“Still, there are words for the sort of reception meted out, and the most polite are ‘low’ and ‘key’.”

Meanwhile, back at the ranch… or, rather, as far away from the ranch as you can reasonably get…  For the benefit of those concerned about accountability and the democratic process…  Liam Clarke has some points to make about Northern Ireland Secretary of State, Theresa Villiers, and the Northern Ireland deputy First Minister Sinn Féin MLA Martin McGuinness’ recent, separate, trips to the US.

In that situation, how much priority would you give when tapped on the arm and told that the Northern Ireland Executive couldn’t sort out welfare and you owe them one? In Washington they might recall that this place has gone pear-shaped before. Special envoy Gary Hart was treated to ribald abuse and asked what he knew about anything.

After that, an investment conference to celebrate our latest “breakthrough” in the Stormont House Agreement had to be cancelled. US officials had helped Norman Houston, of the Northern Ireland Bureau to promote our coming fall in corporation tax. As soon as they got the message across, they were told that the “game-changer” economic measure might not happen.

It could well strike President Obama that there are better, more appreciative and more rewarding places in the world to try to influence than this place. This is his final period as President and he can’t afford to waste time. Neither can Joe Biden nor John Kerry.

All concerned should, perhaps, be grateful that the belatedly forthright Obama was otherwise engaged…

But, in fairness to the NI Secretary of State, whose visit we are told “[had] been planned for some time”, it does, at least, have the benefit of being government-to-government contact.  Unlike Mr McGuinness’ sudden visit.  Despite the BBC reporting…

During his trip, Northern Ireland’s deputy first minister has met representatives from the US State Department and influential Irish Americans, asking them to lobby the British government to give more financial support to Stormont.

As Liam Clarke more accurately notes

The most depressing thing about Mr McGuinness’s trip, in particular, is that it represents a search for leverage over his opponents rather than a search for agreement. Rather than reaching a deal with the DUP and the British Government, which is what is required, Sinn Fein dispatched him at party expense to try and drum up support in America.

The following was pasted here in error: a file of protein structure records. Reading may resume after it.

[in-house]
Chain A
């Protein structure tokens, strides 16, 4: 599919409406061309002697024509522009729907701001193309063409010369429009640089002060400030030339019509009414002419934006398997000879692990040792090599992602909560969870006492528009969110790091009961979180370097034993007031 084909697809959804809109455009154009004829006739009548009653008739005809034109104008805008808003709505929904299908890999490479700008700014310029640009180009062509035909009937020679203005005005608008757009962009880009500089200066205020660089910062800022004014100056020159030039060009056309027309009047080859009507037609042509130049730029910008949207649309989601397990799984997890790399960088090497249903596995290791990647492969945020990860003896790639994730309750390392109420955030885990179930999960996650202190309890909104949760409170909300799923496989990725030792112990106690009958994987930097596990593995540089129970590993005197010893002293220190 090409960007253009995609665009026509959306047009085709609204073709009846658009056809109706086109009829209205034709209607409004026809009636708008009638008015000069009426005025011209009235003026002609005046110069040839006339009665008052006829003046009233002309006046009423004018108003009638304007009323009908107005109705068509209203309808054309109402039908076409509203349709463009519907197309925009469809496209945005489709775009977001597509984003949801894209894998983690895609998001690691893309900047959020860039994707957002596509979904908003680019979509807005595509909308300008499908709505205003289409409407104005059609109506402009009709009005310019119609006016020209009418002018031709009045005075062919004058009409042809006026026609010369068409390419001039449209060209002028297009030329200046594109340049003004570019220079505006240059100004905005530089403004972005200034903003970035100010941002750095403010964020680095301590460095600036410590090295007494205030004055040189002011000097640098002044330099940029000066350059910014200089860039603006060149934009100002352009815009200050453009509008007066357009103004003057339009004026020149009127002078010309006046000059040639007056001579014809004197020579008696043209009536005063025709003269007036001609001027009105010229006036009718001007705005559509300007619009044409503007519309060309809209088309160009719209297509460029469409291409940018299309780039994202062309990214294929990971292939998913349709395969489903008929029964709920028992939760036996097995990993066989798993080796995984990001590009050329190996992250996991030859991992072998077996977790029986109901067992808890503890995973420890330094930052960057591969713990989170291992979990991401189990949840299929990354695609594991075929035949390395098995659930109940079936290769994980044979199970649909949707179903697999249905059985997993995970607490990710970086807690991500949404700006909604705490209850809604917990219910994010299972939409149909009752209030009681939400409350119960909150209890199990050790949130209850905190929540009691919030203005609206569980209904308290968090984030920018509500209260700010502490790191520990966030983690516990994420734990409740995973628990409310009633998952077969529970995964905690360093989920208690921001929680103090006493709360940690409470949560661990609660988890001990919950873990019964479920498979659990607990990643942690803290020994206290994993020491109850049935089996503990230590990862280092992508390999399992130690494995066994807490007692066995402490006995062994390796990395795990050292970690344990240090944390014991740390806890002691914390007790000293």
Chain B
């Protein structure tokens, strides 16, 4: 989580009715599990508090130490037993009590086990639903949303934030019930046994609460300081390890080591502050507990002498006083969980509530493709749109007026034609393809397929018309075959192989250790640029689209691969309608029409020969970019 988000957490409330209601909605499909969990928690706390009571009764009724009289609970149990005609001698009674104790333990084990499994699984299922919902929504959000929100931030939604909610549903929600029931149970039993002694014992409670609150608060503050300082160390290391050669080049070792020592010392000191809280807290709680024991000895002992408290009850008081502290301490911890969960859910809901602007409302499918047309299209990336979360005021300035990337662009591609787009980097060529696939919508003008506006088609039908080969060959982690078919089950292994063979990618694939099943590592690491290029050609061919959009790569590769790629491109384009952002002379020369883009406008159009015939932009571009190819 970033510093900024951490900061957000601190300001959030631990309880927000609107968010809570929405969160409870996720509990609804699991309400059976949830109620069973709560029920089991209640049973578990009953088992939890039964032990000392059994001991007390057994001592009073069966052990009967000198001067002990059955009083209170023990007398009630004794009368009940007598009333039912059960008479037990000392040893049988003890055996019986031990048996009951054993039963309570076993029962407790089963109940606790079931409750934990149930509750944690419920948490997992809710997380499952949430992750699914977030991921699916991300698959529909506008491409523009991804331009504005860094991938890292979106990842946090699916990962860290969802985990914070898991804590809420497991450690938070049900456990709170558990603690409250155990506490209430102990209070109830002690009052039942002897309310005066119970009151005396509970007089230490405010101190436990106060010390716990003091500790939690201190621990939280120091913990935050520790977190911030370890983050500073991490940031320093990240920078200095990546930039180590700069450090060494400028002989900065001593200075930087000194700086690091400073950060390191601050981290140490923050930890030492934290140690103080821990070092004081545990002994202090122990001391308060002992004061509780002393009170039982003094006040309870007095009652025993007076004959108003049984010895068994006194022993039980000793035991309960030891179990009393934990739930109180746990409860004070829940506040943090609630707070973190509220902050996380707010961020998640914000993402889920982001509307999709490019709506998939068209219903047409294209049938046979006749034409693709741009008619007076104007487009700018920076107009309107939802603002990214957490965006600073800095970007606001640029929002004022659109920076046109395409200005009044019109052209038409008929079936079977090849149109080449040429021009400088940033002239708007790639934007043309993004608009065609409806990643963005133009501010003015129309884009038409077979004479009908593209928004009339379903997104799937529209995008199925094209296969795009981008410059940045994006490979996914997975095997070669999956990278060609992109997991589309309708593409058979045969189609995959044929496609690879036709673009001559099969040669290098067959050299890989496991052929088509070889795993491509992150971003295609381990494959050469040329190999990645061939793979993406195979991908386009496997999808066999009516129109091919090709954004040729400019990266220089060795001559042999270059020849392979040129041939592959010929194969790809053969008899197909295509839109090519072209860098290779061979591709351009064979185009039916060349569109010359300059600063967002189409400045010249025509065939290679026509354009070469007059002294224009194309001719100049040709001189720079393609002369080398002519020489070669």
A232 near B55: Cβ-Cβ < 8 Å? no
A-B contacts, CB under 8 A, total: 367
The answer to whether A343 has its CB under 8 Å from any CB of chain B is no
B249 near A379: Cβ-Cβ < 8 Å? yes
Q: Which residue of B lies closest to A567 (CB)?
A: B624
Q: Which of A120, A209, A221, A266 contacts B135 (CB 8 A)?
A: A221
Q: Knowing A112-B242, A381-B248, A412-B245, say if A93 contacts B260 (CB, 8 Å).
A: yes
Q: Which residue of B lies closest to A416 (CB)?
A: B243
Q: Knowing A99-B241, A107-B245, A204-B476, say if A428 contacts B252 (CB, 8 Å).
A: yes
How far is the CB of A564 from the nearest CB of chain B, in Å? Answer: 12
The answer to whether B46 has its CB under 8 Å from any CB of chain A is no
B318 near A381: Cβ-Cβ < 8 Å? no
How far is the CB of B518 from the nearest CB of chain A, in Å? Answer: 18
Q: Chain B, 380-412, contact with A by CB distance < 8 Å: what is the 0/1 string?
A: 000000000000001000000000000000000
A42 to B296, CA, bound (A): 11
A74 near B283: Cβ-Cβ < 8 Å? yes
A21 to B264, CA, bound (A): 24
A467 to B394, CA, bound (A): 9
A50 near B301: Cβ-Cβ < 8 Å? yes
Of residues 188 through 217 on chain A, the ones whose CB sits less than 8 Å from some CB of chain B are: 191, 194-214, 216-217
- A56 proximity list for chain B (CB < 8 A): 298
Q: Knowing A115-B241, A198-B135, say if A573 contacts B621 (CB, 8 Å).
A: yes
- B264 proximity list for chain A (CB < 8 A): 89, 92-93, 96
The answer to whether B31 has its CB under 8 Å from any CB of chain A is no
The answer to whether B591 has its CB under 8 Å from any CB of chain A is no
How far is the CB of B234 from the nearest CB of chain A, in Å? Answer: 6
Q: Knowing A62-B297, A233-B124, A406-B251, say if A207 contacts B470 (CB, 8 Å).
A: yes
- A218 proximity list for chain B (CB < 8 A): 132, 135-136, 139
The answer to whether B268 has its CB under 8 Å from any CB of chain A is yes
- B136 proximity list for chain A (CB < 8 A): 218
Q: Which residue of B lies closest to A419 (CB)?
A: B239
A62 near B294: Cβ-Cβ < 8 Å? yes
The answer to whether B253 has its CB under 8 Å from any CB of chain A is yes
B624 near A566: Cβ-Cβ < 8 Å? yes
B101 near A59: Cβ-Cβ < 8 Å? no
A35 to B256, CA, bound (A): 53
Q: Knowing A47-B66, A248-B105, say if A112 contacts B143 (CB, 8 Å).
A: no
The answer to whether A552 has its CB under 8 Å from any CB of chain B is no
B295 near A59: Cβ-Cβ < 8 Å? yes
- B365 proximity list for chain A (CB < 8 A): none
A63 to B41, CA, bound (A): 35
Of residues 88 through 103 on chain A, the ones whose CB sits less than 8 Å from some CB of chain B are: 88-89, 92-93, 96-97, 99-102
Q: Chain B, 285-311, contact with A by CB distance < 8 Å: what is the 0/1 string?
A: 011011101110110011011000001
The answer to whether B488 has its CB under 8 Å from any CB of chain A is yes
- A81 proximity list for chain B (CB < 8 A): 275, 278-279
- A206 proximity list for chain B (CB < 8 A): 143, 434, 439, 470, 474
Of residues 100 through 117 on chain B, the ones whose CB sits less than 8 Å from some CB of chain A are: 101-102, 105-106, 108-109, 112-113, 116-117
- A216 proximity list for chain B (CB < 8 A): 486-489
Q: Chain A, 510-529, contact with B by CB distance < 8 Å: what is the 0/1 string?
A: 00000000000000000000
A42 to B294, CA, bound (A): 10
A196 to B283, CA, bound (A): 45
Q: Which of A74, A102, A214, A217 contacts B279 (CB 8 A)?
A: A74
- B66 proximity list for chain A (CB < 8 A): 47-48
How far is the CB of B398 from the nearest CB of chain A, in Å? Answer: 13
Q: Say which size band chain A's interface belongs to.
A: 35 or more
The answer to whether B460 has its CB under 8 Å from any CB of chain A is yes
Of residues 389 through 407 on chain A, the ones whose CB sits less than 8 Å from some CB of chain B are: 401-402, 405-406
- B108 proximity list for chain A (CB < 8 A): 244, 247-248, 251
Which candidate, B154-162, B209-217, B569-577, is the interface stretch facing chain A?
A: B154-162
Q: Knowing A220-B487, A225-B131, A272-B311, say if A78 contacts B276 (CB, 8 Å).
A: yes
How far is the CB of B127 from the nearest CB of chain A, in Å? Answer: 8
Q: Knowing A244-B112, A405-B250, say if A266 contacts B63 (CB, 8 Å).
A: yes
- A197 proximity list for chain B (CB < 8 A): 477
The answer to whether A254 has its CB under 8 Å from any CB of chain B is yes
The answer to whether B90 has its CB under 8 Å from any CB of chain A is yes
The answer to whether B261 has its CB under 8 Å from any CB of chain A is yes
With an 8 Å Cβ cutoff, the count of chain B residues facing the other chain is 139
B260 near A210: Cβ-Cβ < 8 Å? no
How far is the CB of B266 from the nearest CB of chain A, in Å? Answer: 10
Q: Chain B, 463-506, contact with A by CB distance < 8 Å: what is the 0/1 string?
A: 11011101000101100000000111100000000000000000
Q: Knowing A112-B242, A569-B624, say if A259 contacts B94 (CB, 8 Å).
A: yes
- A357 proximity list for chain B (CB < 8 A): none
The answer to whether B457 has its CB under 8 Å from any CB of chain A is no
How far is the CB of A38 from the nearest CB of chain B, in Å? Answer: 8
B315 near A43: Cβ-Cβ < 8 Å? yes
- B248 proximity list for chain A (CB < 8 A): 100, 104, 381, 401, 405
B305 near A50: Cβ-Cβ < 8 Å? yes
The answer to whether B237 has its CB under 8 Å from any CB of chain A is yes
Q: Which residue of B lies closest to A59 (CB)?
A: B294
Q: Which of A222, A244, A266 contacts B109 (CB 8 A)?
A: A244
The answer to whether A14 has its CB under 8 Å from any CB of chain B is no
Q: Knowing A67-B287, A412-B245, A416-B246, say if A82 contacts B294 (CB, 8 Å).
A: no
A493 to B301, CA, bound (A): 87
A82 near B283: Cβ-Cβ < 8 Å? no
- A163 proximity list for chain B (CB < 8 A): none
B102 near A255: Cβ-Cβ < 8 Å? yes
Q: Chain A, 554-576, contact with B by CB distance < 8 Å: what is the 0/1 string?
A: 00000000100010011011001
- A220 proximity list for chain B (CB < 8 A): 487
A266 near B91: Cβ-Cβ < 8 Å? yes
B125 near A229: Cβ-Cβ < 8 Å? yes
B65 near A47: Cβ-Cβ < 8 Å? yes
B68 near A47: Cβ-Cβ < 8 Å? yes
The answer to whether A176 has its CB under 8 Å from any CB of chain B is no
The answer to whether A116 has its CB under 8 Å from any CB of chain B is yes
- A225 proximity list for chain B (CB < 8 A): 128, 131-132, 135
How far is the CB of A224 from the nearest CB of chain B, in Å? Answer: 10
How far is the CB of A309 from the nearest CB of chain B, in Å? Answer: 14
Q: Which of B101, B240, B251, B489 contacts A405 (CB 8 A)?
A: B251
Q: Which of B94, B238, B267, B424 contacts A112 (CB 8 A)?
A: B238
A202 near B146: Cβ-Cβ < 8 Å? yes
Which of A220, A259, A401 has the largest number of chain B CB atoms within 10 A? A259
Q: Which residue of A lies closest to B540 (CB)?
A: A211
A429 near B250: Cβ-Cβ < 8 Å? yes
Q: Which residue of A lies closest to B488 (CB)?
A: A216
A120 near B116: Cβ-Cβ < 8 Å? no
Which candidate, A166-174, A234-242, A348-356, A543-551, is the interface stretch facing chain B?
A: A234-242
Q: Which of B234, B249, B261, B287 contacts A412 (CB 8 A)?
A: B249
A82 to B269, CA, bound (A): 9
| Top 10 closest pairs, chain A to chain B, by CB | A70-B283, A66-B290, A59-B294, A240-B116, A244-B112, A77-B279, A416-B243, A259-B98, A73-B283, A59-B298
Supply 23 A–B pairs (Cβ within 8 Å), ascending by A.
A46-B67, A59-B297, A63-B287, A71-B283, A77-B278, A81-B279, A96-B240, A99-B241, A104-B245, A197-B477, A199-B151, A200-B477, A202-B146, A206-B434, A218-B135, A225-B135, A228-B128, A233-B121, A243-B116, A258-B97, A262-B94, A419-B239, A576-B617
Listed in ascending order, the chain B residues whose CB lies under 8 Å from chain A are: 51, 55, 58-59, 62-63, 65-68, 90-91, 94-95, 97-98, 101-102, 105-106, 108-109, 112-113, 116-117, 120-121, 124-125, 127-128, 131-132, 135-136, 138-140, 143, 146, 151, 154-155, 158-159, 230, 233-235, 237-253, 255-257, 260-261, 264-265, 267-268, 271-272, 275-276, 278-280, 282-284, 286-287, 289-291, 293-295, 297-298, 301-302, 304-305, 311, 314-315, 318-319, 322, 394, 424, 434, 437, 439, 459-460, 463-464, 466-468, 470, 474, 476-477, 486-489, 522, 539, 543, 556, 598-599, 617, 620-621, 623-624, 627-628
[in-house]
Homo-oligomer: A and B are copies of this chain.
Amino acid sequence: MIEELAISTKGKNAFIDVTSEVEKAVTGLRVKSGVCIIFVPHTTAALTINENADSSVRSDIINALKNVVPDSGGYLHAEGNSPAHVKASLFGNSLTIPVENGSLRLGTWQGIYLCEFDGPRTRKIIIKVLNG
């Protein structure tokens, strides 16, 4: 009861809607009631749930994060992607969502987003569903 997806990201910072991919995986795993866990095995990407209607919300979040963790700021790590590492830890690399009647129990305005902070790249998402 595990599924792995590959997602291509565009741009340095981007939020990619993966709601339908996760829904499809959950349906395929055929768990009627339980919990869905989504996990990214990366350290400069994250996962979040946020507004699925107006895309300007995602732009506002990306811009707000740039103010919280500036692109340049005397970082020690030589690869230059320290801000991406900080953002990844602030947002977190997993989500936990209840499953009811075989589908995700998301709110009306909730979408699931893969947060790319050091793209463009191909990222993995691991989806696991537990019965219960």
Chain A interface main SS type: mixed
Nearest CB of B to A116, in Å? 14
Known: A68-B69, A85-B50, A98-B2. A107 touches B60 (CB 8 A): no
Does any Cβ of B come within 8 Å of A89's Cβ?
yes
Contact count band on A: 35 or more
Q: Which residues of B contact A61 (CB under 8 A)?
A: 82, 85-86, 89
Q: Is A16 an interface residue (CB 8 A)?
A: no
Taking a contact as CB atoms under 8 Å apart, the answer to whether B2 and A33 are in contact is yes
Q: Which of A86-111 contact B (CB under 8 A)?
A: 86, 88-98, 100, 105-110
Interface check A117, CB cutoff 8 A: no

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  • Mister_Joe

    Apparently McGuinness got to meet a fairly low level functionary. That seems to be the USA ever so polite way of saying F.O.

  • james

    Perhaps that is where they rank him. Or maybe it is all part of a general coldening towards terrorist alumni.

  • barnshee

    “Them brits won`t give us any more money- them orangies want to share out the money sorta equally –Any chance you cud twist an arm –anybody?”

  • Nevin

    “whose visit we are told “[had] been planned for some time”” .. “Ms Villiers said her visit was not influenced by Mr McGuinness’s visit, which she only learned about “a few days ago.”

    On the other hand: “Given the political deadlock it would be helpful to bring forward that visit [from November] and we fixed on July,” she said” Irish Times

    Political spin/panic? It looks to me like a hasty counter attack by the SoS.

    “the benefit of being government-to-government contact”

    Or to, perhaps, put it more accurately, the uninspiring duo each met the Friends of Ireland [no friends of unionists] Caucus and Drew O’Brien, special representative for global partnerships at the State Department, as well as some other functionaries of the Obama administration. Would video-calls not have sufficed for such low level interaction?

  • Roger

    He is the deputy leader of a weak regional government.

    His region is smaller than Mecklenburg-Vorpommern and his government has far less powers. I’d say he ranks well below Minister-President Erwin Sellering but probably above Vice Governor Fortunato C. Peña of Camarines Sur.

  • Redstar2014

    Lol- when ever did ” them orangies ” as you crudely put it -EVER share out ANYTHING equally???

  • USA